Millions of motorists take-up new option to pay Vehicle Excise Duty (road tax) by Direct Debit.
Millions Of Drivers Now Pay By Direct Debit
More than 10 million motorists switched to paying Vehicle Excise Duty by Direct Debit since the option became available in the United Kingdom in November 2014, Bacs Payment Schemes Limited reveals.
There are about 35 million licensed vehicles in the country. Bacs – the organisation responsible for the Direct Debit Scheme – said research showed that 59% of motorists argues that paying by Direct Debit offers “peace of mind” as it eliminates the risk of forgetting to make a payment.
An error of this nature could lead to a fine. Further, 67% say that automated payments save time.
Bacs Payment Schemes Limited Chief Executive Officer, Michael Chambers, says: “The option of paying for vehicle tax by Direct Debit has proved incredibly popular in its first year, even more so than we originally anticipated. So far, we've processed almost 54 million payments.
Mr Chambers continues: “This is another demonstration of how Direct Debit remains relevant to today's bill payers and billers alike. Just this year we processed 103 million transactions in a single day - a new record for us - and last year we processed more than 3.6 billion Direct Debits, another record.”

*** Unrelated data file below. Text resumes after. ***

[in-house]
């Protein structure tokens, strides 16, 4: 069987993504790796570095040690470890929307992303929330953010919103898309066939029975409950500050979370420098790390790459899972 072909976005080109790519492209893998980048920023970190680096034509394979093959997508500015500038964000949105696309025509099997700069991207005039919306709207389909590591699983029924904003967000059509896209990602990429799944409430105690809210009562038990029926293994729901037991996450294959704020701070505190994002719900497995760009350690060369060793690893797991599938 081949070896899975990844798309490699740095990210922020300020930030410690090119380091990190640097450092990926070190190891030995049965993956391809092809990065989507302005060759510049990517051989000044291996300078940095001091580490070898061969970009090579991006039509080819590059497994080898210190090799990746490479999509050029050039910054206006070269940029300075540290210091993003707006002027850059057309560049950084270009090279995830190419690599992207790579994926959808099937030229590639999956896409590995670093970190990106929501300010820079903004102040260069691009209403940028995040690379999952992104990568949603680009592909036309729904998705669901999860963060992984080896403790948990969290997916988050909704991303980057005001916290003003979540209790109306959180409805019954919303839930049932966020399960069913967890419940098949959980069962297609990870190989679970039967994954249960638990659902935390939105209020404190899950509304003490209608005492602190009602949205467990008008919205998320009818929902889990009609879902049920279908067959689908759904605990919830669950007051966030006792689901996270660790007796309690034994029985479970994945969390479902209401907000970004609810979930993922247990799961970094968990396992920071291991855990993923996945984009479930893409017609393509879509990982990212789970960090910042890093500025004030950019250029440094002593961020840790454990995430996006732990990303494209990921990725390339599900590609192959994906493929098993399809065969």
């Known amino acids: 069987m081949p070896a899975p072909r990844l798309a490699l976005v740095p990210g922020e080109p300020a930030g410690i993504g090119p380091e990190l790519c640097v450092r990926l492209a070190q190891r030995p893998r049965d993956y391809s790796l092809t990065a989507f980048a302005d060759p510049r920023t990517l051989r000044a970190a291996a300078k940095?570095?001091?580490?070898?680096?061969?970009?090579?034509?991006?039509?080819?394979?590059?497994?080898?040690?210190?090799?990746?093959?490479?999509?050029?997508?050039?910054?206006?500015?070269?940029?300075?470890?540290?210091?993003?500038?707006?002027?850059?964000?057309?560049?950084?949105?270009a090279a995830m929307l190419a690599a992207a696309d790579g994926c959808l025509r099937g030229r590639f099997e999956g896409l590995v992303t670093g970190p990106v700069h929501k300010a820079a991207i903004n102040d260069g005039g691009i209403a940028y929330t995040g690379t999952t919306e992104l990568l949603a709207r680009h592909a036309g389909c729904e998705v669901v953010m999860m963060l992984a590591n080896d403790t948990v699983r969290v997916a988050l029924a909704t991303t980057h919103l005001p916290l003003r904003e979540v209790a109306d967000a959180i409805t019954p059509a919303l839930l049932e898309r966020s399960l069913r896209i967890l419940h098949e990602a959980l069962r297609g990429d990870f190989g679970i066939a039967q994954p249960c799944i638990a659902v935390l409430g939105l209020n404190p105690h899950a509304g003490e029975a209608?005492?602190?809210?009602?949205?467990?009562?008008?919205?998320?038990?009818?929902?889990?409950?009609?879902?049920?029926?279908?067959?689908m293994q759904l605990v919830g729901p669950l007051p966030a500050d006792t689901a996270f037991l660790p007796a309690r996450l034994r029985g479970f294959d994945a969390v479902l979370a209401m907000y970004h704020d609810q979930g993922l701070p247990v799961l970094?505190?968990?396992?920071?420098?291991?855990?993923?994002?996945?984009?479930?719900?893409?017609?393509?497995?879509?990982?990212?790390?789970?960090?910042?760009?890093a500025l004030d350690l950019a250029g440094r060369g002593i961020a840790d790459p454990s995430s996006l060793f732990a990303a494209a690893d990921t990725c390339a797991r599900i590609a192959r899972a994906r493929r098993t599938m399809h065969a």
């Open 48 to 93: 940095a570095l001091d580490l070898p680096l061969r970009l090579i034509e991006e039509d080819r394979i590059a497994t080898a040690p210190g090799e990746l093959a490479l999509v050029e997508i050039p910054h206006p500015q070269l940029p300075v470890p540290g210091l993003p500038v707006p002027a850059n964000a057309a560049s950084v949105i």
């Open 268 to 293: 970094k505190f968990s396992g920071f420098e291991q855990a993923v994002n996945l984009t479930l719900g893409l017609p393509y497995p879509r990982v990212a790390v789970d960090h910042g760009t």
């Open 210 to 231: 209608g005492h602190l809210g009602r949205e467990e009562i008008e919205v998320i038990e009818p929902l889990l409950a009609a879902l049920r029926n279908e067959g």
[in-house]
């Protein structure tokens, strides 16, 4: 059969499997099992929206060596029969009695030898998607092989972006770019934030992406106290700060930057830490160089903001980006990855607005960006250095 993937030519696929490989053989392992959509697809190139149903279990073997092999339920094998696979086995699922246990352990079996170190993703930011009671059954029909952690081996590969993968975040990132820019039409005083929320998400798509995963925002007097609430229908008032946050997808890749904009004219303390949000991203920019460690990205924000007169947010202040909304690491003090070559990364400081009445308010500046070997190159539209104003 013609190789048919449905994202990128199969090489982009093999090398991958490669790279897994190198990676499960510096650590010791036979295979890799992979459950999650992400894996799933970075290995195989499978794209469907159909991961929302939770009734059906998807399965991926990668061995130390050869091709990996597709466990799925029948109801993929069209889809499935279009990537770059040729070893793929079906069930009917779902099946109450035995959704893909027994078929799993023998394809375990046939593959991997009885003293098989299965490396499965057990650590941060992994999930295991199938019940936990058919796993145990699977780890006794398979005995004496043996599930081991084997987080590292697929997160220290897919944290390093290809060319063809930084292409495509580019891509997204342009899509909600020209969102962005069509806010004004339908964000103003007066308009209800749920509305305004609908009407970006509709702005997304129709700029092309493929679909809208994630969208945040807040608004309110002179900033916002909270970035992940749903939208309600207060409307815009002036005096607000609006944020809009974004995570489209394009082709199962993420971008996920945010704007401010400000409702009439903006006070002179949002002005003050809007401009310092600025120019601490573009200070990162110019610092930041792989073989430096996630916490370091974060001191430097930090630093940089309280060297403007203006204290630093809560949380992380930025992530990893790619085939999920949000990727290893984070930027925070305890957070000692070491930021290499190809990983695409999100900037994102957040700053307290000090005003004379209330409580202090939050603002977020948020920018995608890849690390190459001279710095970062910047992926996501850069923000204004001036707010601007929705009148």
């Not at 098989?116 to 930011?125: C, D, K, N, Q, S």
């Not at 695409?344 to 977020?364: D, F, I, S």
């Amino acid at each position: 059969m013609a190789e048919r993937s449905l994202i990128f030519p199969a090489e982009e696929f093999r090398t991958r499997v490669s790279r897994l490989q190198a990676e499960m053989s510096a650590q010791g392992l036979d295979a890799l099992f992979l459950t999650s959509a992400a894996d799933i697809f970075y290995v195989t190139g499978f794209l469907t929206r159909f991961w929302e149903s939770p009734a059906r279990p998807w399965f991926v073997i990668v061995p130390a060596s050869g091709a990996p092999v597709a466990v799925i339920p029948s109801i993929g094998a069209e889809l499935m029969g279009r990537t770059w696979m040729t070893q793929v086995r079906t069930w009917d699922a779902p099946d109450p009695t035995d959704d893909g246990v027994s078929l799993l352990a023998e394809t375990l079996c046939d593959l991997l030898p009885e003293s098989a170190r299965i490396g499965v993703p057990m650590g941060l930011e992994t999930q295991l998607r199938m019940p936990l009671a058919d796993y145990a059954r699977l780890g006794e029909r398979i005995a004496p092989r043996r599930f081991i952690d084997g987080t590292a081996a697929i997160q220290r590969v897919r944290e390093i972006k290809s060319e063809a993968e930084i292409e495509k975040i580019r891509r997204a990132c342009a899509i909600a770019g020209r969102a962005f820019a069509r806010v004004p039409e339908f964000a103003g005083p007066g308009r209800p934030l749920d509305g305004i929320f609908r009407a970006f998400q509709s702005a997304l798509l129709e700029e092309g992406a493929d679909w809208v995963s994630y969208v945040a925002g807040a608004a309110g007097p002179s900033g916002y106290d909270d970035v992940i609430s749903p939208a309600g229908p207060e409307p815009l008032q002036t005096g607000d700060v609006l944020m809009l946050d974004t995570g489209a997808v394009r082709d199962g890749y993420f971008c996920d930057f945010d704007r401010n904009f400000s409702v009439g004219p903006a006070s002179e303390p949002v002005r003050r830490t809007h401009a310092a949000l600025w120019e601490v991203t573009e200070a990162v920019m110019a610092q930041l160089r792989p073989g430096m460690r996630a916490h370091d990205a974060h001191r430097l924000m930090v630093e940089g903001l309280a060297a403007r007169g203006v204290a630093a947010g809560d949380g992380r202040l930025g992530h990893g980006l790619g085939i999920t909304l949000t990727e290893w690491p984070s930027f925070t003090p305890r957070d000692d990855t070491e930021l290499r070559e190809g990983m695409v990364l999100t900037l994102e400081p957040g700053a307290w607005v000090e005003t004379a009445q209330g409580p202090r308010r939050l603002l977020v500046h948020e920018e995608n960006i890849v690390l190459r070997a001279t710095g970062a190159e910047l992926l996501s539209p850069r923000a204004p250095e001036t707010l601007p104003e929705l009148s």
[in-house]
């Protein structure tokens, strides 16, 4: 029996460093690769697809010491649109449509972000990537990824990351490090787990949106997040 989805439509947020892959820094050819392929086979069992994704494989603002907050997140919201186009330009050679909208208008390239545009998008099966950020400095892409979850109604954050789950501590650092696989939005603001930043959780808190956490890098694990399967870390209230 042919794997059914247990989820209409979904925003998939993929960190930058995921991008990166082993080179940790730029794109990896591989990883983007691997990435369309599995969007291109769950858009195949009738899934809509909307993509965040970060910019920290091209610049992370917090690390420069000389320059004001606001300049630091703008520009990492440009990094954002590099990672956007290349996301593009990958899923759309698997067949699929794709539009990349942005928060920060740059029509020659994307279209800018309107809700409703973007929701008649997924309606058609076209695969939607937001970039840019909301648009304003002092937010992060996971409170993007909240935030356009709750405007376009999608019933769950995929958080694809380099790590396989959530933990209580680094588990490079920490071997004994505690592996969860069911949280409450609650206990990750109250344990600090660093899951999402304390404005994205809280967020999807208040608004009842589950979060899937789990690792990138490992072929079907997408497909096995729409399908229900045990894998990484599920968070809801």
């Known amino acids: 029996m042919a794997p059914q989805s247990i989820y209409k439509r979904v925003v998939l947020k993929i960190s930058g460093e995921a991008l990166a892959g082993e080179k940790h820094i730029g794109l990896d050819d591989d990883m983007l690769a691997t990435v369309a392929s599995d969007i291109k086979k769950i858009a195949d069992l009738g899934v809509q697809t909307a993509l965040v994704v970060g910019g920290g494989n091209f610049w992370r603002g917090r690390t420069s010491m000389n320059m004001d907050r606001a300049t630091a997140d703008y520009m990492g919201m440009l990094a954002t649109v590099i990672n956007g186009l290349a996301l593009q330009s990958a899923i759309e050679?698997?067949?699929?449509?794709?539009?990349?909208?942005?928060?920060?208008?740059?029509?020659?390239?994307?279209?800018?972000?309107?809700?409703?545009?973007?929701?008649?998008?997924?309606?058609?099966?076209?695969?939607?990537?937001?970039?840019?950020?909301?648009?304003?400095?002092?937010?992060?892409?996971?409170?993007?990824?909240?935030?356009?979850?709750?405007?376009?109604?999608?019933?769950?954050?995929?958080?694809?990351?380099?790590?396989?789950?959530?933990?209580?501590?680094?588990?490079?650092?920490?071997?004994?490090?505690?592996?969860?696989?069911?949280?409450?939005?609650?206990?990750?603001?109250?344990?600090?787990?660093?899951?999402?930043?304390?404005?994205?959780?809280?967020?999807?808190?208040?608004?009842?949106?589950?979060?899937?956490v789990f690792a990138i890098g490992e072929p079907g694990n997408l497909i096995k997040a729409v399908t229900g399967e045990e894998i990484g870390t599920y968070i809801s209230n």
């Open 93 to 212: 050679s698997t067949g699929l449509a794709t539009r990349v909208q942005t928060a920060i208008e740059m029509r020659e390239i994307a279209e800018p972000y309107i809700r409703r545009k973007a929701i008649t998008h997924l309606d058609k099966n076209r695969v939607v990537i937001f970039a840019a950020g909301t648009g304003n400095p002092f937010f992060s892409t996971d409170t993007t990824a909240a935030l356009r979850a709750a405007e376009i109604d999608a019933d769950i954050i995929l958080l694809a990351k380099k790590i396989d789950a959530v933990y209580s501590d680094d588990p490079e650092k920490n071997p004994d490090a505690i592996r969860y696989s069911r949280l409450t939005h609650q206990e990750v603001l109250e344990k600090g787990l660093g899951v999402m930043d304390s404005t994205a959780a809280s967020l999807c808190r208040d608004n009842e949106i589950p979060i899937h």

The DVLA confirmed its intention to make Direct Debit payments available for Vehicle Excise Duty in December 2013. It said we: “Will offer motorists the ability to spread their vehicle tax payments should they wish to do so. Motorists will be able to pay vehicle tax by direct debit annually, biannually or monthly.
There will be no additional handling fees for annual payments, but to limit the impact on the public finances there will be a small surcharge of 5% of vehicle tax for biannual and monthly payments. This is half of the 10% surcharge that is currently applied to 6 monthly tax discs and which has been in existence for a number of decades.”
New Rules For UK Road Tax
The Vehicle Excise Duty Direct Debit payment option roughly coincided with the launch of other initiatives to make life easier for motorists and improve efficiency.
The paper tax disc was abolished, for example. This receipt – that in the past police officers required to confirm compliance with the law – has been superseded by an electronic database that automatically spits out fines. Further, Excise Duty can no longer stay with vehicles when they are sold so any remaining months are automatically refunded.
New keepers now have to pay their own duty before taking to the road.